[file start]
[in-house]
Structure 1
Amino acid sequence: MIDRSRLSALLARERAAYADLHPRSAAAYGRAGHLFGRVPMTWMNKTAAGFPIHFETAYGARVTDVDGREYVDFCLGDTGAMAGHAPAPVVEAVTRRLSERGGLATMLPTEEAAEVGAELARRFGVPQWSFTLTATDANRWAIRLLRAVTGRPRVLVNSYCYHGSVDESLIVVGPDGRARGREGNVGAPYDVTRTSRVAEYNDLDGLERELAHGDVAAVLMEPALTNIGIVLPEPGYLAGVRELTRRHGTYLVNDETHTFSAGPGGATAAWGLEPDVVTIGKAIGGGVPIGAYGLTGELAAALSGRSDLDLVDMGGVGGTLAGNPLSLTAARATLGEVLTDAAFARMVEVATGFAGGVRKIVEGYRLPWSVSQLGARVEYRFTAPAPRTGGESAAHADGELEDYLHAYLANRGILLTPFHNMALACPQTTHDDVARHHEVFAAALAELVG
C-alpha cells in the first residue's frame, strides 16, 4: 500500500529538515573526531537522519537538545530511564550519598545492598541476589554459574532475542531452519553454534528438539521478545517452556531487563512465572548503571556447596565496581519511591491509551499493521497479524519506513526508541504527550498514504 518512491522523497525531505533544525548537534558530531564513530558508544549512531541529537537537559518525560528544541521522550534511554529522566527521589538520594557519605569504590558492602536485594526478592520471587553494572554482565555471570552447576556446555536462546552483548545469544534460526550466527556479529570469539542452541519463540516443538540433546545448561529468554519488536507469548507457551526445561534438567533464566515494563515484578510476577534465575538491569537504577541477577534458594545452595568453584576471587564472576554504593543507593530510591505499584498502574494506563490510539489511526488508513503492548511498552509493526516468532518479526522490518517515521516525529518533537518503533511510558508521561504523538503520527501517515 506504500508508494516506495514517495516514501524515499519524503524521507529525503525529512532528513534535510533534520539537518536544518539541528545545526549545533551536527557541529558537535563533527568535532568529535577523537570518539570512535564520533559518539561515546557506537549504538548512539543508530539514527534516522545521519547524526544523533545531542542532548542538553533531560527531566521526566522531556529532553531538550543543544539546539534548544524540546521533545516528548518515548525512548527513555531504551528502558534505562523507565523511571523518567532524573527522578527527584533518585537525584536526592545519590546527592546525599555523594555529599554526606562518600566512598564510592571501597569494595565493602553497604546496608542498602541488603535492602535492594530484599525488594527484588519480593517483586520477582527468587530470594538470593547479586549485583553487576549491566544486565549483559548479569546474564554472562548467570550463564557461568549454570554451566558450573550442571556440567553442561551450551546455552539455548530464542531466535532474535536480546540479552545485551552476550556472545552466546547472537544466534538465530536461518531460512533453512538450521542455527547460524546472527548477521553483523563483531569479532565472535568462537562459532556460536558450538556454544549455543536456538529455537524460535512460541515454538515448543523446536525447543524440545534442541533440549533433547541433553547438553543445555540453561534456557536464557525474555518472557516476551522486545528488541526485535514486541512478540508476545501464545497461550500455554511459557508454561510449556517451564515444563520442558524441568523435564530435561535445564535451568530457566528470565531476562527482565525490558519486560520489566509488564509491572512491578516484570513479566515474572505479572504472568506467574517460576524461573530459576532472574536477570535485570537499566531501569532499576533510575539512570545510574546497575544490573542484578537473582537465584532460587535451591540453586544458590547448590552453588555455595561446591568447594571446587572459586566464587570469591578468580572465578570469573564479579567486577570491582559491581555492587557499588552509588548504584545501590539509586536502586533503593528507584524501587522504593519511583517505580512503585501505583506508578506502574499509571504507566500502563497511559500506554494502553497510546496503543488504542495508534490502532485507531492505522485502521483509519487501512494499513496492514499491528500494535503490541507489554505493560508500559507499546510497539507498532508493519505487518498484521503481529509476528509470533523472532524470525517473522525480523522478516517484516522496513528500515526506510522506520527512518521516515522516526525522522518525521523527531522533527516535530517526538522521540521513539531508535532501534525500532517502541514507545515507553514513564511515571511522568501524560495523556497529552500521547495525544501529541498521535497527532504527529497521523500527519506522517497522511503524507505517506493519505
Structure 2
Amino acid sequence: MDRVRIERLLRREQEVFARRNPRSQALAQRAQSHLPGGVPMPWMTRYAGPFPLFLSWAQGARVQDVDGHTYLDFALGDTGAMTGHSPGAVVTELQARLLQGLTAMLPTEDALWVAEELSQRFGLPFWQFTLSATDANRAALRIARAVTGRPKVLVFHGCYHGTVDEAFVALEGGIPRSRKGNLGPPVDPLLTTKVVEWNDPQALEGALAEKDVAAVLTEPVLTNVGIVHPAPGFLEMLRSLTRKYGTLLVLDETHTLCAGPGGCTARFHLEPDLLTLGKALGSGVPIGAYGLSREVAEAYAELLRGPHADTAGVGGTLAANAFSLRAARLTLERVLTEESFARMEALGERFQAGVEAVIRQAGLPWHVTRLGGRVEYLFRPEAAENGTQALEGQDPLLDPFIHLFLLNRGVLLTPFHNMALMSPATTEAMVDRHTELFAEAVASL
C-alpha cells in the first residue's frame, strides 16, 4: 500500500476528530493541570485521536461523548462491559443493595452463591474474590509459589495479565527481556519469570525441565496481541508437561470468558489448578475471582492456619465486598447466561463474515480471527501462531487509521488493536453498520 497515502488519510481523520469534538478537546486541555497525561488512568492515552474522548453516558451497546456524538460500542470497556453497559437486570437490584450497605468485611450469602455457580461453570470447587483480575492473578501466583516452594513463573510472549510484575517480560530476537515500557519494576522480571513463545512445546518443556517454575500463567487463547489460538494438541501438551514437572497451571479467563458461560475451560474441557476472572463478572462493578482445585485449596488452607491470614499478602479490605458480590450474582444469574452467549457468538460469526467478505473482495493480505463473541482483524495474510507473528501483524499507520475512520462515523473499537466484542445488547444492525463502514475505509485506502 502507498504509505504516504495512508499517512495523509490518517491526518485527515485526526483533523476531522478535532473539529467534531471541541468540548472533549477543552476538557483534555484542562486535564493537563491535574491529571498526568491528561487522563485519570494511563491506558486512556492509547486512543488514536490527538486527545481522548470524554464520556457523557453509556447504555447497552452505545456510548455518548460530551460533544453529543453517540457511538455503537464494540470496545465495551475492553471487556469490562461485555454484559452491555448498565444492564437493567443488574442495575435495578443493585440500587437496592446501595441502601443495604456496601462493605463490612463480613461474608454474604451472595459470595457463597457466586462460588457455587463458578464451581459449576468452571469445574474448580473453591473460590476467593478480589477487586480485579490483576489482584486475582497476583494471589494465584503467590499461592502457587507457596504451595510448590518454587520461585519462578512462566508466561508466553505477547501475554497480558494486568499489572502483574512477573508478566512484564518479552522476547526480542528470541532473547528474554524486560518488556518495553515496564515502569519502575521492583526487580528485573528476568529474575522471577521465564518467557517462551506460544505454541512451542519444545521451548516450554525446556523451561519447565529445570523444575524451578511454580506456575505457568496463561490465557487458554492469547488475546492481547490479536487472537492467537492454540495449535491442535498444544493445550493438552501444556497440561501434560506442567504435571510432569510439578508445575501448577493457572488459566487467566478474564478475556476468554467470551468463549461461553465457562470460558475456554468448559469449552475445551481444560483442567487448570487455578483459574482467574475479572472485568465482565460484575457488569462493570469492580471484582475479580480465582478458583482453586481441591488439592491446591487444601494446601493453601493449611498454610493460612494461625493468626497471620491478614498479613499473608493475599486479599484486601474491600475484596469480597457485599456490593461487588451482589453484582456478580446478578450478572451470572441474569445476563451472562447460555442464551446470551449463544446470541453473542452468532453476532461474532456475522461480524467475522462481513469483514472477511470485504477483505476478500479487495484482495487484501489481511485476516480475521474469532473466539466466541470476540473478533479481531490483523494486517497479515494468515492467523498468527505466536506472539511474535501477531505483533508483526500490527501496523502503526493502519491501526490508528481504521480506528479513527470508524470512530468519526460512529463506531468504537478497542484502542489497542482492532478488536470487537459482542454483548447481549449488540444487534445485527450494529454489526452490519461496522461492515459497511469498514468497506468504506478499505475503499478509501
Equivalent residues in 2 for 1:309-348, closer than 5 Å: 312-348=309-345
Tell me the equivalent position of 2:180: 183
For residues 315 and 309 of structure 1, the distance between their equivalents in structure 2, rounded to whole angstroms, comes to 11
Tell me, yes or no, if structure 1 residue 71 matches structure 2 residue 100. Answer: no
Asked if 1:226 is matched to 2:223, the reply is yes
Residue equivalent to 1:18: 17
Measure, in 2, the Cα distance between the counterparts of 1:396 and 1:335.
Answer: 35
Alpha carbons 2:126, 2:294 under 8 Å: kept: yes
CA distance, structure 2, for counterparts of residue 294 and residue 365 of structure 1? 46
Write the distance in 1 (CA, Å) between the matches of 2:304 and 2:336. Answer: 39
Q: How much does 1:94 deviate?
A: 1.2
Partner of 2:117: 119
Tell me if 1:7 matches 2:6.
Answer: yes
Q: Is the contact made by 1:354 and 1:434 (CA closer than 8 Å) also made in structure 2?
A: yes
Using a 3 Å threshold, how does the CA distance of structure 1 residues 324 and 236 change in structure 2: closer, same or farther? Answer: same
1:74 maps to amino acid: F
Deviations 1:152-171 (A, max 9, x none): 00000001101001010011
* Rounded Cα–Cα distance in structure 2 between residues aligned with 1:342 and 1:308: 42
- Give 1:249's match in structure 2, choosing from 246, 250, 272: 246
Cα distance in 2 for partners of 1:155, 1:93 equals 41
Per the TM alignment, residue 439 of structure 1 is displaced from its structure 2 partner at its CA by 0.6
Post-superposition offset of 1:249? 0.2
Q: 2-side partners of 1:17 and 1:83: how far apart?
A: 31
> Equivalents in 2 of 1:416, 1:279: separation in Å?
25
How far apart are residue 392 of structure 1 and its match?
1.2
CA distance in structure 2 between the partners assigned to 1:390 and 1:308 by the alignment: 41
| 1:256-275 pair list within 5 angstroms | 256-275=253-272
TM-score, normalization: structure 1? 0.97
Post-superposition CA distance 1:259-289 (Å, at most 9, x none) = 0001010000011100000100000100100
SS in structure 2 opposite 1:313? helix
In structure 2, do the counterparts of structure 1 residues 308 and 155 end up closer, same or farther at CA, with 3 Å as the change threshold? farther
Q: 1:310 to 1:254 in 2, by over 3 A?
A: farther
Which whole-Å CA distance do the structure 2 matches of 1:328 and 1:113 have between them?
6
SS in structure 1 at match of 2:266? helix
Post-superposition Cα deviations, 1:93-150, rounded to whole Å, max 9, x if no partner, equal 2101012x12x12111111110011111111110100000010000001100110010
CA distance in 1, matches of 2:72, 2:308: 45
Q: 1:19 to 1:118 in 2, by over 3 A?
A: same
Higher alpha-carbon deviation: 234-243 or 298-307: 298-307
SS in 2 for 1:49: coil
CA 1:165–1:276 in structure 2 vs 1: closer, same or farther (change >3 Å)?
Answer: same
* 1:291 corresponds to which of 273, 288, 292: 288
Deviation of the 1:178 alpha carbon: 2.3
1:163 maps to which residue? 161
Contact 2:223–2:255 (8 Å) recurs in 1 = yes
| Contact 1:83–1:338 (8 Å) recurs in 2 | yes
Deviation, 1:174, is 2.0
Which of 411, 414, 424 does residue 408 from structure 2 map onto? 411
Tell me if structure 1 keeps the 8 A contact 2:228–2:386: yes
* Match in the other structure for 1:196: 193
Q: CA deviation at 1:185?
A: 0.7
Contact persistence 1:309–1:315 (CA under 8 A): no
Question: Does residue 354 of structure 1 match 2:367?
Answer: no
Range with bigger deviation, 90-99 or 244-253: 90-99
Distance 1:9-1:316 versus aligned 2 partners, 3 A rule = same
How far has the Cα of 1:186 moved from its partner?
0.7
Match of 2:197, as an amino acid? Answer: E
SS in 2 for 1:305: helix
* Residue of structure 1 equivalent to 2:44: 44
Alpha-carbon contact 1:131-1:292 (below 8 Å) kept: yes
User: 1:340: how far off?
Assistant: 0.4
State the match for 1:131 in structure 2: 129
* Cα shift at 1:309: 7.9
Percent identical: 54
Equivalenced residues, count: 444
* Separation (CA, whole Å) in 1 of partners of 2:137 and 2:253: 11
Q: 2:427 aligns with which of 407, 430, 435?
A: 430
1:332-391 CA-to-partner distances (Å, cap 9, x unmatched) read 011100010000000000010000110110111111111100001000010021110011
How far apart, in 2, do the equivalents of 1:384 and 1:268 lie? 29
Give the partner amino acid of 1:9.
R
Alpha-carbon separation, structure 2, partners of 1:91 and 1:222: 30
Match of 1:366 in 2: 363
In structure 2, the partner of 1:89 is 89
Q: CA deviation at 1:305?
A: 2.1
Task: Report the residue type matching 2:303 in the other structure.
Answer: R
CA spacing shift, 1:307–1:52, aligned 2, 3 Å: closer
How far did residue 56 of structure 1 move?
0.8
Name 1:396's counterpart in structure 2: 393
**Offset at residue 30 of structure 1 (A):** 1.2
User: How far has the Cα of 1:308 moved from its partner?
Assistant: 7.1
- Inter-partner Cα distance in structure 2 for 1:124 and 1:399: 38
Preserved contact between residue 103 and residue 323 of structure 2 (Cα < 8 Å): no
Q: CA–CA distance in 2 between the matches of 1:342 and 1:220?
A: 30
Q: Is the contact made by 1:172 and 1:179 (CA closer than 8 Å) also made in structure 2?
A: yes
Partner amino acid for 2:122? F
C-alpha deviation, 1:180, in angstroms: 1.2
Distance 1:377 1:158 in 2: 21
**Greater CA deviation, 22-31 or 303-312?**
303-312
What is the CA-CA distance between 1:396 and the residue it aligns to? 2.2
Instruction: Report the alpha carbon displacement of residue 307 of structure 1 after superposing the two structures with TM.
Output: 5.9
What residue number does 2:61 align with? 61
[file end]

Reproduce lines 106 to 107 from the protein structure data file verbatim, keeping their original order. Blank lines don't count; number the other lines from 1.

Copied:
User: How far has the Cα of 1:308 moved from its partner?
Assistant: 7.1